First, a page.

Can Fast Travel Harm a Game?


As open-world games continue to be popular, one increasingly present subject I see brought up is how to handle fast-travel. It’s sort of a weird issue because of how it pits convenience against… well the experience of playing the game.

I personally don’t mind a lot of the criticisms people bring up against games like Skyrim (combat, world design, bugs), at least not enough to stop playing it. Like a lot of people though, I use its fast travel system as seldom as possible. It’s pretty much as close as you can get to perfect convenience without breaking the game — the ability to instantly zip to any major place, so long as you’ve been there before.

The obvious reason for not using it is that it puts a large artificial shadow over something that’s supposed to feel like an organic world. Bethesda probably wants you to run around in the fields and paths of Skyrim and discover things within them, not spend the whole game teleporting from town to town. Some people however argue that having this sort of fast travel can lead developers to ruin a game’s quest structure.

There are a lot of instances in games like Skyrim or Fallout 3 where you might start a quest, and the destination for the next objective is almost on the other side of the entire game world. If it’s a place to which you can already fast travel and you choose to do so then it’s not really a problem. If you choose not to use fast travel too much though, then a quest that has you zipping back and forth across the whole game world can get very tiring.

This is why some people are concerned about CDProjekt Red’s decision to implement the same fast travel system in their upcoming The Witcher 3: Wild Hunt. Hopefully CDP is smart enough to write the game’s quests to be more localized — objectives rarely straying too far from their origin point. If you’ve read the Witcher books the open-world structure isn’t really a bad fit for the universe depending on how CDP ends up writing the quests and designing the world.

The way I handle it in open-world games is to generally only do quest objectives as I near them. If I’m given a new objective on the other side of the game, I’m just gonna wait until I happen to be around those parts to actually do it.

The other side of the coin is how Japanese RPGs have handled fast-travel for a while — essentially only giving it to players very late in the game, after they’ve explored most of the world. I think this has a lot of advantages depending on how a game is planned out.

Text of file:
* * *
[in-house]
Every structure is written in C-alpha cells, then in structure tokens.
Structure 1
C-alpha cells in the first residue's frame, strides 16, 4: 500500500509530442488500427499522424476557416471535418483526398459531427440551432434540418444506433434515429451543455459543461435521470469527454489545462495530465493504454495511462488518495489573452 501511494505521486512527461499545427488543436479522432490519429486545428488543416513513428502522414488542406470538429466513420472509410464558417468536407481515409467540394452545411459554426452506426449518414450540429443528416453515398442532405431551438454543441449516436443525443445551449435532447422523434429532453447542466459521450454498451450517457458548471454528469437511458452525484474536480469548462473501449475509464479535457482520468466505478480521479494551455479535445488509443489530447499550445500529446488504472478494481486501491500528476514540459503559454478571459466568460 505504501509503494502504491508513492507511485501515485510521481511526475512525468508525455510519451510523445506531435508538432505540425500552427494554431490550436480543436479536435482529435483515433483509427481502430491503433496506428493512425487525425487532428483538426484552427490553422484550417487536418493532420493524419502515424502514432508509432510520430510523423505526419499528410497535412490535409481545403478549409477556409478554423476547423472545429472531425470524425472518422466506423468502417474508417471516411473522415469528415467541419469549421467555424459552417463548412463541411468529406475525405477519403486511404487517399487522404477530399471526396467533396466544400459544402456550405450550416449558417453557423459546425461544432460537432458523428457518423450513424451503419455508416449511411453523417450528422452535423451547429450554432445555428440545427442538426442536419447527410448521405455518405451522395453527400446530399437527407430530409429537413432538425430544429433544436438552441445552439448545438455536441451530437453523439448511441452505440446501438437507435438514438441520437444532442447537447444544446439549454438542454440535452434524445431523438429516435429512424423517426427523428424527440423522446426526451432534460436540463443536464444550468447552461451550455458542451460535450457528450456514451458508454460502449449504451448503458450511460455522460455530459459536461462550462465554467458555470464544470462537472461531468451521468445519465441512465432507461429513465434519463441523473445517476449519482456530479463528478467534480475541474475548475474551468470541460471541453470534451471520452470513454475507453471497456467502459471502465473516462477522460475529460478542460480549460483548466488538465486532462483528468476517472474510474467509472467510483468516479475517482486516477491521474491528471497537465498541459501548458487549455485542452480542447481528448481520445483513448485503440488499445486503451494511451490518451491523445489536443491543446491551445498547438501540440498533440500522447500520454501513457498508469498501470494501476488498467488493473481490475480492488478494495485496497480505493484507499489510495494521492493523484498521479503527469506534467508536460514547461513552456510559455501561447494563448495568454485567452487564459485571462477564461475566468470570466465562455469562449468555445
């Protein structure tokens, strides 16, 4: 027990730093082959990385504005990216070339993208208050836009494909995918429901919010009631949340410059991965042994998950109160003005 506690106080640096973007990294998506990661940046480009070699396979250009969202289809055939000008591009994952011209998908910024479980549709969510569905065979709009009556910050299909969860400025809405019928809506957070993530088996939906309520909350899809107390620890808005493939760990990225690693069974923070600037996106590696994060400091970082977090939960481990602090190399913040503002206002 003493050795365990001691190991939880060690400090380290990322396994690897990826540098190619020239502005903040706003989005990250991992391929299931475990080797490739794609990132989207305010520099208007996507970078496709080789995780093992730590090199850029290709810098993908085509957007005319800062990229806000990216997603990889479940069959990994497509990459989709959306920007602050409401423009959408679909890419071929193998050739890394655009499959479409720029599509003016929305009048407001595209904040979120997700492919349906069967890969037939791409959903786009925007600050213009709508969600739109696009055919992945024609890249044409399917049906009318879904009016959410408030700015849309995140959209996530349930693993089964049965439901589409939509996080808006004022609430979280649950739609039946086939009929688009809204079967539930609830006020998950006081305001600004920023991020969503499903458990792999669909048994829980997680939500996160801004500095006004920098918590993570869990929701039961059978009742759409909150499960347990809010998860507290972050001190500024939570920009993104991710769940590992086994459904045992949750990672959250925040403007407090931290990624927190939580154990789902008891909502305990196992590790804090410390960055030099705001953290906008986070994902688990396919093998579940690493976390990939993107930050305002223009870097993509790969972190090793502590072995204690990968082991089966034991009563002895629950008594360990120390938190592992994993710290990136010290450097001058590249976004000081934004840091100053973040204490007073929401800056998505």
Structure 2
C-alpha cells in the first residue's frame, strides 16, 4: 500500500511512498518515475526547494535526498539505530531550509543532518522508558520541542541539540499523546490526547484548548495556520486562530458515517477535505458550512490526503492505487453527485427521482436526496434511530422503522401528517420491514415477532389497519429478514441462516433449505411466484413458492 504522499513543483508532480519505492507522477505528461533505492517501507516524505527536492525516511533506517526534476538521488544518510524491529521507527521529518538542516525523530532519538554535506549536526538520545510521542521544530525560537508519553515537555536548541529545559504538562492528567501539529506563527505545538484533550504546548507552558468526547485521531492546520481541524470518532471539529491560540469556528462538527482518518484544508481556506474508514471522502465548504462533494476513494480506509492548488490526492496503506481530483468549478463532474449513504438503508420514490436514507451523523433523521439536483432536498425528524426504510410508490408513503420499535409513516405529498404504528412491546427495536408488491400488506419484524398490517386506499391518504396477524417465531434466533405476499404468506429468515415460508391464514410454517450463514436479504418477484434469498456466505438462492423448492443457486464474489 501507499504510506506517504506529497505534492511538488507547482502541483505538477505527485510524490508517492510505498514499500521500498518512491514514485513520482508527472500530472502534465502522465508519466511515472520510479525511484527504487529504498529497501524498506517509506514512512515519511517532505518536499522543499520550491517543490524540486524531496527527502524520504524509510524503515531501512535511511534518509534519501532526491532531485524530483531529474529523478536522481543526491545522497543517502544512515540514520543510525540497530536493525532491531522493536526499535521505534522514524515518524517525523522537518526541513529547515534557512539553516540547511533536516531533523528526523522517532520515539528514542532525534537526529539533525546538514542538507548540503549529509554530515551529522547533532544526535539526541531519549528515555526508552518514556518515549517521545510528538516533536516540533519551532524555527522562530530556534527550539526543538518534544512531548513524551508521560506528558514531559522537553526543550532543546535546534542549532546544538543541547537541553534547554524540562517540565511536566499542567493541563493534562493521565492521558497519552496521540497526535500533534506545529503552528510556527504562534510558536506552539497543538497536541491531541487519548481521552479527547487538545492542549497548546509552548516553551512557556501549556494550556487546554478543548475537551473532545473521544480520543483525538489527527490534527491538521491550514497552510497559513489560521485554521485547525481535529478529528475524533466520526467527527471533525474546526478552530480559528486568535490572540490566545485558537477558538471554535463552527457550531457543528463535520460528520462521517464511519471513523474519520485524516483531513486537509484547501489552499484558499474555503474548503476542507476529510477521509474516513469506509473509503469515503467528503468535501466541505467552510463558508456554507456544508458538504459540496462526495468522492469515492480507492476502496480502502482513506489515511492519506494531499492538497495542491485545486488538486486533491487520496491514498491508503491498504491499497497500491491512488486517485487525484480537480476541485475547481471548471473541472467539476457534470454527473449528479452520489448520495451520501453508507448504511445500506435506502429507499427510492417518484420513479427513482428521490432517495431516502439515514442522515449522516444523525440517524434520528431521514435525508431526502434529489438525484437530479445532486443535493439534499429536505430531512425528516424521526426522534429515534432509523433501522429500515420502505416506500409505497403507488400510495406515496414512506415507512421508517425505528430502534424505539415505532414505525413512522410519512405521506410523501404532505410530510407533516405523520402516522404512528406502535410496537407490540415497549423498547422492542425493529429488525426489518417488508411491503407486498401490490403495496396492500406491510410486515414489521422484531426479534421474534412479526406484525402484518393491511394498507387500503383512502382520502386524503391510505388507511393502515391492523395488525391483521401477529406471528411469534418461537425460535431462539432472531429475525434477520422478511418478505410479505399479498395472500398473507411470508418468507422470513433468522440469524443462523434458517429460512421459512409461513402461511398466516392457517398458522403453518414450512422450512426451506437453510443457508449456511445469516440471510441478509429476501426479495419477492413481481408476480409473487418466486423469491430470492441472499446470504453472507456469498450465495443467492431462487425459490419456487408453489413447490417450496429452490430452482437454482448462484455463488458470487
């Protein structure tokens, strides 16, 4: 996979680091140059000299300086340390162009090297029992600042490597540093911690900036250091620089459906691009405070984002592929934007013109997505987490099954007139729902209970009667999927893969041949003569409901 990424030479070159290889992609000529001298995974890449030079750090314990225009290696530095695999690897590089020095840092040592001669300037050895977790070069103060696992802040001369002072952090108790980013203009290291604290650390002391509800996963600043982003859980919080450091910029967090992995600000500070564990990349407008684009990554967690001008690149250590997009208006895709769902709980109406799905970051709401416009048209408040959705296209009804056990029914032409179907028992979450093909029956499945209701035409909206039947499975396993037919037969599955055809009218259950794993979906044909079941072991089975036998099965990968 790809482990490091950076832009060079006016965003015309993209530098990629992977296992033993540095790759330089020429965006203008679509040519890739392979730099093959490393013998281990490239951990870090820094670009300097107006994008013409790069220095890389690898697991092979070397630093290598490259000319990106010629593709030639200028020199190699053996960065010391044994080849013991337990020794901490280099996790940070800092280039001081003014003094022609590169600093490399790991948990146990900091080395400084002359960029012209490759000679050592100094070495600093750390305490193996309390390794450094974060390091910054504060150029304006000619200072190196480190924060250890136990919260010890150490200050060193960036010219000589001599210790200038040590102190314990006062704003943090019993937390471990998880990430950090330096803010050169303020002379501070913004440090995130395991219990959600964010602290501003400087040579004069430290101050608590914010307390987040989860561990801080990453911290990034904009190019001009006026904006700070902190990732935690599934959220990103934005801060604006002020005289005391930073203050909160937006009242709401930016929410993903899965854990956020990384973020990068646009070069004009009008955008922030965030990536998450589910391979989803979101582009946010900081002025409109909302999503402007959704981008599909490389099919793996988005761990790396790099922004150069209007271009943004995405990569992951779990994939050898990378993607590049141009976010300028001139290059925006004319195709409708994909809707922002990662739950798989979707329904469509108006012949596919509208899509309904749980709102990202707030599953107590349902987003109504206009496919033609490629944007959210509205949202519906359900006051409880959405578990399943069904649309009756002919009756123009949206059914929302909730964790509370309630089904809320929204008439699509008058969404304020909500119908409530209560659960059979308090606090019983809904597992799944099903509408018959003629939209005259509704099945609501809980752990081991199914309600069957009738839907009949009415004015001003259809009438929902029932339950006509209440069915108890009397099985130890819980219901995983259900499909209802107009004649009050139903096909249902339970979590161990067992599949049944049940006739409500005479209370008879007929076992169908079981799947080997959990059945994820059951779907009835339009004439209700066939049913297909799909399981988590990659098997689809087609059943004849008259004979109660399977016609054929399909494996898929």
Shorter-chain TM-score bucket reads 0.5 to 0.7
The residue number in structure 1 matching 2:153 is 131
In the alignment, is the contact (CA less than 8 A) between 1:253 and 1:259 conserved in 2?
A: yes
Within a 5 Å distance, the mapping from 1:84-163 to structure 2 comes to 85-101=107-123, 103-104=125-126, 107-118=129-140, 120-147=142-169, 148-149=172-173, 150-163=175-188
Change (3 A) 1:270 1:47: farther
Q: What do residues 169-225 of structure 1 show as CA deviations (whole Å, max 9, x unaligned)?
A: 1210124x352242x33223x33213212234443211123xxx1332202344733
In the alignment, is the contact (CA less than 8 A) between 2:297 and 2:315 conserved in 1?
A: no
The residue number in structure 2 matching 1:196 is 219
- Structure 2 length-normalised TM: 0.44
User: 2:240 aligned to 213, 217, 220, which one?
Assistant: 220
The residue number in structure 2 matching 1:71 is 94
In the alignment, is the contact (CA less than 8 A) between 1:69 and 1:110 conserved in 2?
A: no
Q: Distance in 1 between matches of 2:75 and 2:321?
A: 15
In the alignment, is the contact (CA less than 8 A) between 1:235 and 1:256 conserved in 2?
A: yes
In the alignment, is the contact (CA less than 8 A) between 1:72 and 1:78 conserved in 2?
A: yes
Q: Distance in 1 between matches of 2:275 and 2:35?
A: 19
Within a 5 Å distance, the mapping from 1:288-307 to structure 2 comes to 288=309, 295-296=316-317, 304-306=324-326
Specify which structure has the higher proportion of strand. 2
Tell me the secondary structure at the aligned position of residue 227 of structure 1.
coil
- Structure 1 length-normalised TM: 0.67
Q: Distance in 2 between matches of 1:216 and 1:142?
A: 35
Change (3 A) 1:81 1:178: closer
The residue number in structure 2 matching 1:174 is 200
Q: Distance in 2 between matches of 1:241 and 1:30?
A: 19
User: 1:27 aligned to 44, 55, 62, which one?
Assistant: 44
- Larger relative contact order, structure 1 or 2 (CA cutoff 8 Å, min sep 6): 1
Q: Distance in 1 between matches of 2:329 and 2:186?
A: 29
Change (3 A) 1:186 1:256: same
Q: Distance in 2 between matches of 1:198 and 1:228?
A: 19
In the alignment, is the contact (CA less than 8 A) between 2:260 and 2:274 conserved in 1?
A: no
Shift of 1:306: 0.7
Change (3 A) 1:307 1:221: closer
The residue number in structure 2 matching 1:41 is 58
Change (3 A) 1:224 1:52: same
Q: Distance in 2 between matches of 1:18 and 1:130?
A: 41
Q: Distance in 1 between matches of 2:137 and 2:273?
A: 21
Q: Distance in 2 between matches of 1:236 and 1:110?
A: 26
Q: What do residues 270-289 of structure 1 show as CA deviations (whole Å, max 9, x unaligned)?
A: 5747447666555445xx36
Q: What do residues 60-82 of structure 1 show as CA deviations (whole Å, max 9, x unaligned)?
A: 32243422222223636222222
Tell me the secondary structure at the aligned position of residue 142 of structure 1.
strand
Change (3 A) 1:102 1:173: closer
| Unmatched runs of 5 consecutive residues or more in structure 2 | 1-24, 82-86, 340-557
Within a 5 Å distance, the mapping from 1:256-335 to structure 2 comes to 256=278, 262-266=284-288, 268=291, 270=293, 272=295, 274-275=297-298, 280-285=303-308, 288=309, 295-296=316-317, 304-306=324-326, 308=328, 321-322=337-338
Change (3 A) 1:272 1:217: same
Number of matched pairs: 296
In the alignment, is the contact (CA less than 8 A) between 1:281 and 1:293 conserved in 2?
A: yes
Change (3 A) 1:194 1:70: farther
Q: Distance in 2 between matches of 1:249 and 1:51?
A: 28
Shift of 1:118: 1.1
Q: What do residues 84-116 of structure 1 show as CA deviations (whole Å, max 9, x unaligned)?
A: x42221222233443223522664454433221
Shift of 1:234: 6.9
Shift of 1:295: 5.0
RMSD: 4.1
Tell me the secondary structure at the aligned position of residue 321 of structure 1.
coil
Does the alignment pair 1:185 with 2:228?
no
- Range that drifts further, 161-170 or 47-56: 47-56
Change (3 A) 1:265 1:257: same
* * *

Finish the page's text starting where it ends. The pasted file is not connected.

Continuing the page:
This year’s Ni No Kuni is a textbook example. You walk from town-to-town completing quests wholly in the area surrounding each town, and eventually you get progressively cooler and more liberating modes of transportation until you eventually get fast-travel, which is usually contextualized in the story somehow. Your world expands when you finally get control of a boat, and once again when you get the ability to fly. It’s basically enhancing the atmosphere of the game through restriction.

I think Dark Souls is one of the most impressive examples of efficient travel and world design in a recent video game. You travel everywhere by foot, and there’s no teleportation (except from the tutorial area), but getting from one location to any other never takes an extremely long time because of how many shortcuts are in the game. Dark Souls’s world much smaller than Skyrim’s, but it’s really insane how intricate it is. It’s always surprising to find a secret stairway or elevator in one area that physically links it to a much earlier area of the game. That game’s predecessor, Demon’s Souls, did a good job of this too on a smaller scale. Instead of straight-up checkpoints from which you continue every area, that game has unlockable shortcuts. It’s a pedigree of level design that I think is sorely missing in many of today’s big-budget games.

The only restriction a lot of western RPGs and open-world games seem to have is places you haven’t been to yet, and the only contextualization that seems to be there is a few hours automatically passing in game time. For some this may be enough, and the choice to use or not use fast travel may also be enough for a lot of people. Ultimately though I think the issue lands with how a developer designs a game’s world based on its mechanics.


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2 thoughts on “Can Fast Travel Harm a Game?

  1. Fast travel in open world racers is useful to me. I don’t want to drive for a half-hour to get to a race, I just want to start the thing already. Forza Horizon is good in that regard, it gives me a fast travel option, but only after finding the outposts, to encourage exploration. The fast travel anywhere option costs money to unlock, but it’s completely optional.

  2. L. Palmer says:

    I like the late-in-game fast travel system. That way, it’s easier to stock up on health supplies and weapons for the Big Giant Final Battle.

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